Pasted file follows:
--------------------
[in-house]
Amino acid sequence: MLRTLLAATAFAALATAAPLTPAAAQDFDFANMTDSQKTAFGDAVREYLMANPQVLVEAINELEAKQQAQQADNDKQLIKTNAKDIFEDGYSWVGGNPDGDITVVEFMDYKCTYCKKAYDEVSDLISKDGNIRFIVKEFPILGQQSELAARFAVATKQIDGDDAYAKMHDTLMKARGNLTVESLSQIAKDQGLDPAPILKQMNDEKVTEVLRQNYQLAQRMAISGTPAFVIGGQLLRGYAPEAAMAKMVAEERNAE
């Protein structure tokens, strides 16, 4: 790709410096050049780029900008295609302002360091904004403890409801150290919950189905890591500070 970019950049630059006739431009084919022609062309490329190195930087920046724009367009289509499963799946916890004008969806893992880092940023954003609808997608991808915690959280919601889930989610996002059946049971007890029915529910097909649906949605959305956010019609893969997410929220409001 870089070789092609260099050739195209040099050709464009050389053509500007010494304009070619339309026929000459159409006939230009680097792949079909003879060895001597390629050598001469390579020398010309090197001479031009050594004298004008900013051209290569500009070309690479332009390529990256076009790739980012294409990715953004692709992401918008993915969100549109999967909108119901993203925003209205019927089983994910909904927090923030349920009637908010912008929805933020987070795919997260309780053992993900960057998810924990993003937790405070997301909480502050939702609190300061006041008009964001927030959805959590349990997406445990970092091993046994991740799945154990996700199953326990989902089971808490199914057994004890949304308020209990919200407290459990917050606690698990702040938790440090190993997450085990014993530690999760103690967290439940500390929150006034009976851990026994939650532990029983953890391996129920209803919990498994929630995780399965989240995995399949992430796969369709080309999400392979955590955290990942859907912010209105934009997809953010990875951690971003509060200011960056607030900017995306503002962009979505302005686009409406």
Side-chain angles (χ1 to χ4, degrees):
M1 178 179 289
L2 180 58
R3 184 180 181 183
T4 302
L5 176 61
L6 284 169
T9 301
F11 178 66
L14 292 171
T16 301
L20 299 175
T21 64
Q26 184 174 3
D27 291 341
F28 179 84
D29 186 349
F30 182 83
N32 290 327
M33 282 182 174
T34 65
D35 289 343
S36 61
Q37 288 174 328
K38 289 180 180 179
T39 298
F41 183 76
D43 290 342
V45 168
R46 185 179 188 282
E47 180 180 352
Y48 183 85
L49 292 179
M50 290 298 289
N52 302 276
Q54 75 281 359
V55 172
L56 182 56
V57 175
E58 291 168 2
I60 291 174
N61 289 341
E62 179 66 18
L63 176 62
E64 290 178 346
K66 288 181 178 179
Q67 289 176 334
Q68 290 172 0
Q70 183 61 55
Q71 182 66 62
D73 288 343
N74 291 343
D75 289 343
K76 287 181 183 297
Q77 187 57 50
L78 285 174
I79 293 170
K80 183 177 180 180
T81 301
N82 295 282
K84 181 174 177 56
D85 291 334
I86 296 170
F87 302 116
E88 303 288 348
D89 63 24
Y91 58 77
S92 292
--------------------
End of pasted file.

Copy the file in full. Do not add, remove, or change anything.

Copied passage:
[in-house]
Amino acid sequence: MLRTLLAATAFAALATAAPLTPAAAQDFDFANMTDSQKTAFGDAVREYLMANPQVLVEAINELEAKQQAQQADNDKQLIKTNAKDIFEDGYSWVGGNPDGDITVVEFMDYKCTYCKKAYDEVSDLISKDGNIRFIVKEFPILGQQSELAARFAVATKQIDGDDAYAKMHDTLMKARGNLTVESLSQIAKDQGLDPAPILKQMNDEKVTEVLRQNYQLAQRMAISGTPAFVIGGQLLRGYAPEAAMAKMVAEERNAE
């Protein structure tokens, strides 16, 4: 790709410096050049780029900008295609302002360091904004403890409801150290919950189905890591500070 970019950049630059006739431009084919022609062309490329190195930087920046724009367009289509499963799946916890004008969806893992880092940023954003609808997608991808915690959280919601889930989610996002059946049971007890029915529910097909649906949605959305956010019609893969997410929220409001 870089070789092609260099050739195209040099050709464009050389053509500007010494304009070619339309026929000459159409006939230009680097792949079909003879060895001597390629050598001469390579020398010309090197001479031009050594004298004008900013051209290569500009070309690479332009390529990256076009790739980012294409990715953004692709992401918008993915969100549109999967909108119901993203925003209205019927089983994910909904927090923030349920009637908010912008929805933020987070795919997260309780053992993900960057998810924990993003937790405070997301909480502050939702609190300061006041008009964001927030959805959590349990997406445990970092091993046994991740799945154990996700199953326990989902089971808490199914057994004890949304308020209990919200407290459990917050606690698990702040938790440090190993997450085990014993530690999760103690967290439940500390929150006034009976851990026994939650532990029983953890391996129920209803919990498994929630995780399965989240995995399949992430796969369709080309999400392979955590955290990942859907912010209105934009997809953010990875951690971003509060200011960056607030900017995306503002962009979505302005686009409406």
Side-chain angles (χ1 to χ4, degrees):
M1 178 179 289
L2 180 58
R3 184 180 181 183
T4 302
L5 176 61
L6 284 169
T9 301
F11 178 66
L14 292 171
T16 301
L20 299 175
T21 64
Q26 184 174 3
D27 291 341
F28 179 84
D29 186 349
F30 182 83
N32 290 327
M33 282 182 174
T34 65
D35 289 343
S36 61
Q37 288 174 328
K38 289 180 180 179
T39 298
F41 183 76
D43 290 342
V45 168
R46 185 179 188 282
E47 180 180 352
Y48 183 85
L49 292 179
M50 290 298 289
N52 302 276
Q54 75 281 359
V55 172
L56 182 56
V57 175
E58 291 168 2
I60 291 174
N61 289 341
E62 179 66 18
L63 176 62
E64 290 178 346
K66 288 181 178 179
Q67 289 176 334
Q68 290 172 0
Q70 183 61 55
Q71 182 66 62
D73 288 343
N74 291 343
D75 289 343
K76 287 181 183 297
Q77 187 57 50
L78 285 174
I79 293 170
K80 183 177 180 180
T81 301
N82 295 282
K84 181 174 177 56
D85 291 334
I86 296 170
F87 302 116
E88 303 288 348
D89 63 24
Y91 58 77
S92 292